Alladale Wilderness Reserve

Alladale Wilderness Reserve

Key Facts

The whole reserve covers 9,300Ha, this project is about: 

1. Planting an additional 110,000 new native trees across 4 sites that together cover 100Ha; and

2. Restoring a further 700+Ha of peatland

This pilot is part of a wider Kyle of Sutherland river catchment plan to restore 5 high priority rivers stretching over 200km.

The proposed work will contribute to the Scottish government’s targets to support the restoration of 250,000Ha of peatland by 2030, to halt biodiversity loss by 2030 and reverse it by 2045, and to achieve net zero by 2045.

Additionally, it will help address the Aichy targets that have not yet been met in Scotland. The project will also develop key ESG performance indicators relevant to the habitat and local community needs.

What is the project doing for Nature and Environment?

Our pilot river catchment restoration seeks to restore freshwater and terrestrial ecosystem function in a key salmon river system through native woodland creation and peatland restoration.

If we can create a replicable gap finance model for sharing, we hope to enable the scale-up of restoration projects across the whole Kyle of Sutherland catchment.

Monitoring of carbon uplift will be measured against baseline using techniques enshrined by the peatland code; freshwater and terrestrial biodiversity will be monitored using remote sensing, bioacoustics, aerial and fixed-point photography, and eDNA sampling; we also aim to monitor hydrologic flow naturalisation across the riverine system.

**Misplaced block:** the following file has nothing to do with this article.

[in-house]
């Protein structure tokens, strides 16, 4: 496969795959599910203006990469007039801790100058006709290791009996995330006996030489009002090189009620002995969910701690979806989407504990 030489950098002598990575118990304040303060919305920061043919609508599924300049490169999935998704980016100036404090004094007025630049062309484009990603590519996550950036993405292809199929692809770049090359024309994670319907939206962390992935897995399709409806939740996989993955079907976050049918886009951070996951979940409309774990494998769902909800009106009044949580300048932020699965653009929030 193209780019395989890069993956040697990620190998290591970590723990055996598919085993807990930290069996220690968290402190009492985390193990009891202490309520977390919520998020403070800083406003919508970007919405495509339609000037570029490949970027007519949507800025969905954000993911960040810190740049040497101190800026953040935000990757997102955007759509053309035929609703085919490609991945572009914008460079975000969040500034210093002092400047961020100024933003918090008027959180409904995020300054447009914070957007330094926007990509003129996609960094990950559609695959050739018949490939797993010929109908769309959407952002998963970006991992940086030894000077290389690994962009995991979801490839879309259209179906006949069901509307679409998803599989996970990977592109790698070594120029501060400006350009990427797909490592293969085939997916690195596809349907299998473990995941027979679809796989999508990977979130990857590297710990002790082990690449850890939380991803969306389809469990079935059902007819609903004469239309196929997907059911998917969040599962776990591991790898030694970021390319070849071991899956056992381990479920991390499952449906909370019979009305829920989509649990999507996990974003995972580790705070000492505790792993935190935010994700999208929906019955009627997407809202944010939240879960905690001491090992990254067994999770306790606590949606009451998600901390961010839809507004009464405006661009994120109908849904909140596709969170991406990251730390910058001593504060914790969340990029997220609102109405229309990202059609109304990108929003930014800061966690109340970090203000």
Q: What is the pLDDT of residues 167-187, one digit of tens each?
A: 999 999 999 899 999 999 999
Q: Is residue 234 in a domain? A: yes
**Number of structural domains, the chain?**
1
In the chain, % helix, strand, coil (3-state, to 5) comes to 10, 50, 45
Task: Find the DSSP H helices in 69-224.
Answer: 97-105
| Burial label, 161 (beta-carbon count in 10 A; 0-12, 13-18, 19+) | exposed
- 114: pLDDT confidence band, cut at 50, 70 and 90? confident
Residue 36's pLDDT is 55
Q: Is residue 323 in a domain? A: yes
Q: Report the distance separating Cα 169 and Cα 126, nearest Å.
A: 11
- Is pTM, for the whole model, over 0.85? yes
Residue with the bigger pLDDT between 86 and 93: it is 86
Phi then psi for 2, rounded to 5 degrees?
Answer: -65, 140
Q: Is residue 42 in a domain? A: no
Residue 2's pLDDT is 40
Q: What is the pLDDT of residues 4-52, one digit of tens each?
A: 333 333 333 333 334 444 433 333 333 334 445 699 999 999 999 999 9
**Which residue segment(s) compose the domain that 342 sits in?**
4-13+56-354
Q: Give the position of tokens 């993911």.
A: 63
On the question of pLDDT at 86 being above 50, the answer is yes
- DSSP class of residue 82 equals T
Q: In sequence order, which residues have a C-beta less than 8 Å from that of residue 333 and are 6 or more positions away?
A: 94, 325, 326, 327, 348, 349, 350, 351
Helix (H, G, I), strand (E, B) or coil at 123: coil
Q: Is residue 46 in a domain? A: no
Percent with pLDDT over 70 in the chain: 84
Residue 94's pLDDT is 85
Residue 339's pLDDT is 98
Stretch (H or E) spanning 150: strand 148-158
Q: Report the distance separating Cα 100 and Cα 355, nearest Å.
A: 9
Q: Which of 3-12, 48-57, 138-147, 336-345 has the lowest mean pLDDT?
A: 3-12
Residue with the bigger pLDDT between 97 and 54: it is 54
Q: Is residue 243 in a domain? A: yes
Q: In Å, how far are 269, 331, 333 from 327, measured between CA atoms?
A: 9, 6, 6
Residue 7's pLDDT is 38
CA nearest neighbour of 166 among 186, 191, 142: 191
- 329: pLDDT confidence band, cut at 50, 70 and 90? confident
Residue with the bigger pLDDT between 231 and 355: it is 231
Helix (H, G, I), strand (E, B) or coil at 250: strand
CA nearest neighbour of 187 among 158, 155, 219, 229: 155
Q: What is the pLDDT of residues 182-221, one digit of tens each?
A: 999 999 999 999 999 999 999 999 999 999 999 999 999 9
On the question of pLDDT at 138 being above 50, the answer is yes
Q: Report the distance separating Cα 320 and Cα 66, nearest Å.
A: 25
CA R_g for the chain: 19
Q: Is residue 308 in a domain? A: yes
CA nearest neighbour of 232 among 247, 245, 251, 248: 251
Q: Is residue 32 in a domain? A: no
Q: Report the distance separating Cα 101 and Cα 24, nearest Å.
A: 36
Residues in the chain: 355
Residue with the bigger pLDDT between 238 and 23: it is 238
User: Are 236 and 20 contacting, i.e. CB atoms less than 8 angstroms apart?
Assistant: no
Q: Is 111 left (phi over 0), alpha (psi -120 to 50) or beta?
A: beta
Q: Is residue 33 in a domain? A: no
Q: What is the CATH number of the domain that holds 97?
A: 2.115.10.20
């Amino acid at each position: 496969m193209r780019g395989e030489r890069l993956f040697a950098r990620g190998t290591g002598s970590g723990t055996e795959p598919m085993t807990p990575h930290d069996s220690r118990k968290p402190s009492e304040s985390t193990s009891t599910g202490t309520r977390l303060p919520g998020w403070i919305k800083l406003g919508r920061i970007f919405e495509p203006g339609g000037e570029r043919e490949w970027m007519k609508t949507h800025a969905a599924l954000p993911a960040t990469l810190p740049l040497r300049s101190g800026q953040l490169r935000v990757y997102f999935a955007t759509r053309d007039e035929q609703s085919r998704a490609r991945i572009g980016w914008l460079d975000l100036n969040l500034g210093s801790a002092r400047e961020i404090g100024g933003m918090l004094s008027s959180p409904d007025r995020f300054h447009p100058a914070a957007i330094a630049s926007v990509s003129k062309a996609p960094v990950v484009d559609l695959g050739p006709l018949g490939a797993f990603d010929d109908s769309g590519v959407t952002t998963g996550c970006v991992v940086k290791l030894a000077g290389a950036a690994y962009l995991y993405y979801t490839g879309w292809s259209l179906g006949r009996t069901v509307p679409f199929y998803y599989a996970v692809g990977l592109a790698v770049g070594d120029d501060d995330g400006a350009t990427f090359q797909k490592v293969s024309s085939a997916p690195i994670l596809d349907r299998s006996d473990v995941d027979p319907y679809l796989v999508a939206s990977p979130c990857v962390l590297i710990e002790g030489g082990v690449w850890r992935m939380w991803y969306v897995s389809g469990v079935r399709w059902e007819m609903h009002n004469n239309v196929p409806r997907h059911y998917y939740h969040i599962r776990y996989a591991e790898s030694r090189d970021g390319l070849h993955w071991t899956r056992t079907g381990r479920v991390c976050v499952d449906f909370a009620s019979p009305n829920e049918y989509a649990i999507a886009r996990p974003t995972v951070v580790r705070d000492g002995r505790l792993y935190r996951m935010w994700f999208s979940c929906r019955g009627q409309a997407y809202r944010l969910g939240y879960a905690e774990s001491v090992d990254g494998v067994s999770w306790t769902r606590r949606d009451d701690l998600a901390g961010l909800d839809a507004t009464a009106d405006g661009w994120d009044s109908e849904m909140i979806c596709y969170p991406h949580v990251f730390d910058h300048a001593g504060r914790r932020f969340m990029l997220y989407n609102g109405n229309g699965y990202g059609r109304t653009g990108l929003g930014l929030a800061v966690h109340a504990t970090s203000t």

How are communities engaged and benefiting?

Our community engagement has begun through group meetings and presentations with members and associates of the North Ross Deer Management Group, communicating progress, the wider plans for KoS and potential framework for a replicable model that if successful could be used by other land owners/managers. Similar is planned with proprietor members of the Kyle of Sutherland Fisheries Trust.

At this development stage we are also exploring the opportunity to deliver more local employment and training in addition to that which already exists, as well as how best to integrate a community benefit fund through the delivery phase.

A community tree nursery at Ardgay also forms part of the wider plans.

Work is open source with updates available to all and any interested parties as well as through TENT social media channels.

What is the business model employed to fund the project?

We are seeking to fund the nature financing gap (after public grants) with private sector investment, in return for a share of future ecosystem service revenue.

The model assumes initial future income will be generated through carbon sequestration via peatland, utilising the peatland code.

Proposed investment however would also cover the funding gap for long term woodland creation as well potentially bring forward other nature investment requirements on the reserve.

The model under discussion is based on a “waterfall’ of returns, whereby the offtake from future carbon sales flow first to the investor and is subsequently shared in different percentage bands with landowner and benefit fund, once initial defined returns have been met. 

Describe the partnerships formed and how they support project viability?